Collaborative Computing Group

We are a research group at the Information School at the University of Wisconsin.

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Research Areas

We conduct research at the intersection of human-computer interaction, social computing, and information science.

Social Computing

Social interactions are at the center of human activity. Understanding how collectives of teams, communities, organizations, and markets disseminate information using technology is crucial to our understanding of computing.


Systemic disparities (racial disparities, gender disparities, economic disparities, urban/rural disparities) permeate social systems online. This research trust seeks to combat these systemic disparities by focusing on two primary problems: (1) causally understanding when/why systemic disparities do or do not occur, and (2) building sociotechnical systems to intervene on the production of these disparities.

Citizen Science

Public participation in scientific research (PPSR) has dramatically transformed the scientific enterprise. To enhance citizen science requires that we understand the capabilities of both amateurs and the technologies that mediated collaborations.

Health Informatics

Information about health is personal, sensitive, and complex. We study how people generate, manage, and make sense of diverse types of health information, both individually and in groups.

Recent Publications

Understanding Wikipedia practices through Hindi, Urdu, and English takes on an evolving regional conflict Molly Hickman, Viral Pasad, Harsh Kamalesh Sanghavi, Jacob Thebault-Spieker, Sang Won Lee, Proceedings of the ACM Human Computer Interaction 2021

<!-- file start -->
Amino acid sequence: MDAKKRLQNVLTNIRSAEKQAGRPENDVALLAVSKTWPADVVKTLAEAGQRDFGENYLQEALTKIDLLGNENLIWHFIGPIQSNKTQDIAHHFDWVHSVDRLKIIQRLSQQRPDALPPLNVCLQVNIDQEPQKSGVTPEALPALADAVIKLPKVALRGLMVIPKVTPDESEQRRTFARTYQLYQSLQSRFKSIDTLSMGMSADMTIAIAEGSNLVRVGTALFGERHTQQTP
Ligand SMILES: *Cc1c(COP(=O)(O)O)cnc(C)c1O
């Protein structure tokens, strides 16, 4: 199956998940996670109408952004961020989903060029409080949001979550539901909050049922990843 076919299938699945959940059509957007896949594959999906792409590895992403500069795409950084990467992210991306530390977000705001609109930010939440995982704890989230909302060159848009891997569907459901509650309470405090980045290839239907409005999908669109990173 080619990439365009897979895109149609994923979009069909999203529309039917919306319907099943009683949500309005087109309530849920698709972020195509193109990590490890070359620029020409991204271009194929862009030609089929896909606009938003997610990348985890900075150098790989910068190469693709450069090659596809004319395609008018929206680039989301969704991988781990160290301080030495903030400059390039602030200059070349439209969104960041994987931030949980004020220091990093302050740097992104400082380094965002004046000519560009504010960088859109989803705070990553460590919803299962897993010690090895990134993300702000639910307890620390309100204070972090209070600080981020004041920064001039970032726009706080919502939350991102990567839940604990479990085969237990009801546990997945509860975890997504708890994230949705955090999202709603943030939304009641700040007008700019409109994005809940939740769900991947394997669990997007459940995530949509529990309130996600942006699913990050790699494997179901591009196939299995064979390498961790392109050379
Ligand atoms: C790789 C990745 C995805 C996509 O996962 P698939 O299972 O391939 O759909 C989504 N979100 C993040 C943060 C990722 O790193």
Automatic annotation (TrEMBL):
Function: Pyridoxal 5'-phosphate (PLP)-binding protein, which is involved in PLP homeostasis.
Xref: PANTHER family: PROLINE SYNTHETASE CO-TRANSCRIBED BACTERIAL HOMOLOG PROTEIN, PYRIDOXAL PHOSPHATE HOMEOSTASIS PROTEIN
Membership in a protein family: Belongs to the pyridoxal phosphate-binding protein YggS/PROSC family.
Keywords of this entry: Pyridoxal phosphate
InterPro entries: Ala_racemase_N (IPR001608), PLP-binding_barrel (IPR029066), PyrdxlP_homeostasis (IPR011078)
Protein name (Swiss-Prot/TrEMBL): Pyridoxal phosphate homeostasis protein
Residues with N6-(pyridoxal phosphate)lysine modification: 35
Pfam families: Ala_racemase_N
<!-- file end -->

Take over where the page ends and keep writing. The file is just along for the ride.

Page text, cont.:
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Shifting Forms of Engagement: Volunteer Learning in Online Citizen Science Corey Jackson, Carsten Ă˜sterlund, Kevin Crowston, Mahboobeh Harandi, Laura Trouille, Proceedings of the ACM on Human-Computer Interaction 2020
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Electronic health records in ophthalmology: source and method of documentation Brad Henriksen, Isaac Goldstein, Adam Rule, Abigail Huang, Haley Dusek, Austin Igelman, Michael Chiang, Michelle Hribar, American Journal of Ophthalmology 2020
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Redundancy of Progress Notes for Serial Office Visits Michelle Hribar, Adam Rule, Abigail Huang, Haley Dusek, Isaac Goldstein, Brad Henriksen, Wei-Chun Lin, Austin Igelman, Michael Chiang, Ophthalmology 2020
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The Genie in the Bottle: Different Stakeholders, Different Interpretations of Machine Learning. Mahboobeh Harandi, Kevin Crowston, Corey Jackson, Carsten Ă˜sterlund, Hawaii International Conference on System Sciences 2020
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